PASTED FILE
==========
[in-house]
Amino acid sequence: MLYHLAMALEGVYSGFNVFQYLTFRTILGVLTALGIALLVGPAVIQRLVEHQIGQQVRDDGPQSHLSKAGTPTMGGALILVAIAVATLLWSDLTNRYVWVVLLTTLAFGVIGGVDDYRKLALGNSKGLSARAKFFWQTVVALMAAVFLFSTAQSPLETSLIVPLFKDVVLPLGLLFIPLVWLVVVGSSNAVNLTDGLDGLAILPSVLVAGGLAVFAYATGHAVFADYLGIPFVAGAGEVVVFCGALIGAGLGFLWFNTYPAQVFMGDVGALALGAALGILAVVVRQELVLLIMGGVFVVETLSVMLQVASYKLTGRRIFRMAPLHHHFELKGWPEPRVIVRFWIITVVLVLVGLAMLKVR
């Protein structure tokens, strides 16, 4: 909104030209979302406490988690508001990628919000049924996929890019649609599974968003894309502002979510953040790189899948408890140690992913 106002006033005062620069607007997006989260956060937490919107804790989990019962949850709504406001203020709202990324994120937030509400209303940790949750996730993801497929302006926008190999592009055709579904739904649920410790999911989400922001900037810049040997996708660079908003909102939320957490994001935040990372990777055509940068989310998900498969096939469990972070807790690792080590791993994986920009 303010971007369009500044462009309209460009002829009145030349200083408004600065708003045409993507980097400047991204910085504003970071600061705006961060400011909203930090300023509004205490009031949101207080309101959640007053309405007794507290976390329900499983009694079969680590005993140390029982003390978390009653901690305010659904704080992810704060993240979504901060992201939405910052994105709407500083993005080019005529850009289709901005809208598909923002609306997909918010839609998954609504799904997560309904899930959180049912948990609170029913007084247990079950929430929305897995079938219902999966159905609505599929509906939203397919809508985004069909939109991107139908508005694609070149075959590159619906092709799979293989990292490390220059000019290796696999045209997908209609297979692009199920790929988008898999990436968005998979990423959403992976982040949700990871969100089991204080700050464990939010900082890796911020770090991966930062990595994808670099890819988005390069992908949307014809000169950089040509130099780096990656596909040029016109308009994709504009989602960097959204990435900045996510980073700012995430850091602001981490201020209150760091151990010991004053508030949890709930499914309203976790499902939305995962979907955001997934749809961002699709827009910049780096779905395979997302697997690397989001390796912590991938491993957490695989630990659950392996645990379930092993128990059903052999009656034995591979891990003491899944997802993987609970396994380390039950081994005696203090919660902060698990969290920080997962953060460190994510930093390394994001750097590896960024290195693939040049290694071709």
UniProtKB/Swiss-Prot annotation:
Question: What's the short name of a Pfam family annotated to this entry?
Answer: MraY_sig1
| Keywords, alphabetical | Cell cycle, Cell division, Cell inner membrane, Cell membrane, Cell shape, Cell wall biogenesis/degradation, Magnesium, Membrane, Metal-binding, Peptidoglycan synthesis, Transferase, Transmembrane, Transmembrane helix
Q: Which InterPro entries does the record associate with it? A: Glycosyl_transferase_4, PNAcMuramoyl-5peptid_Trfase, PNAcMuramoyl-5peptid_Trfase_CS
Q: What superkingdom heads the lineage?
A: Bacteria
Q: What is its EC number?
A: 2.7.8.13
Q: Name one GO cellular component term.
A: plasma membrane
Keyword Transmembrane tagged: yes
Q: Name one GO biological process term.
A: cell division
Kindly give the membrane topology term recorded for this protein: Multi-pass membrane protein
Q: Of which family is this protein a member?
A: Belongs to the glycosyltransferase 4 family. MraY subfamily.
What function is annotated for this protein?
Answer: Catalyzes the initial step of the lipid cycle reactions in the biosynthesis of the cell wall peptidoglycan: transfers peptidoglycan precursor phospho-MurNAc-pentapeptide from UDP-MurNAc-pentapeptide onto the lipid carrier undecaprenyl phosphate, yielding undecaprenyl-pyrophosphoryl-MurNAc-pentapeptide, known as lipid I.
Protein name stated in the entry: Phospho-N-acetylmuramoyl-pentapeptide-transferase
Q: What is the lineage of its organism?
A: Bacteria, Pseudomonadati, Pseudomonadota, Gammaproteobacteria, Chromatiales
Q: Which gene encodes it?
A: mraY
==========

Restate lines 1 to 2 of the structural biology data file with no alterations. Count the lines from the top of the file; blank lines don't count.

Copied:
[in-house]
Amino acid sequence: MLYHLAMALEGVYSGFNVFQYLTFRTILGVLTALGIALLVGPAVIQRLVEHQIGQQVRDDGPQSHLSKAGTPTMGGALILVAIAVATLLWSDLTNRYVWVVLLTTLAFGVIGGVDDYRKLALGNSKGLSARAKFFWQTVVALMAAVFLFSTAQSPLETSLIVPLFKDVVLPLGLLFIPLVWLVVVGSSNAVNLTDGLDGLAILPSVLVAGGLAVFAYATGHAVFADYLGIPFVAGAGEVVVFCGALIGAGLGFLWFNTYPAQVFMGDVGALALGAALGILAVVVRQELVLLIMGGVFVVETLSVMLQVASYKLTGRRIFRMAPLHHHFELKGWPEPRVIVRFWIITVVLVLVGLAMLKVR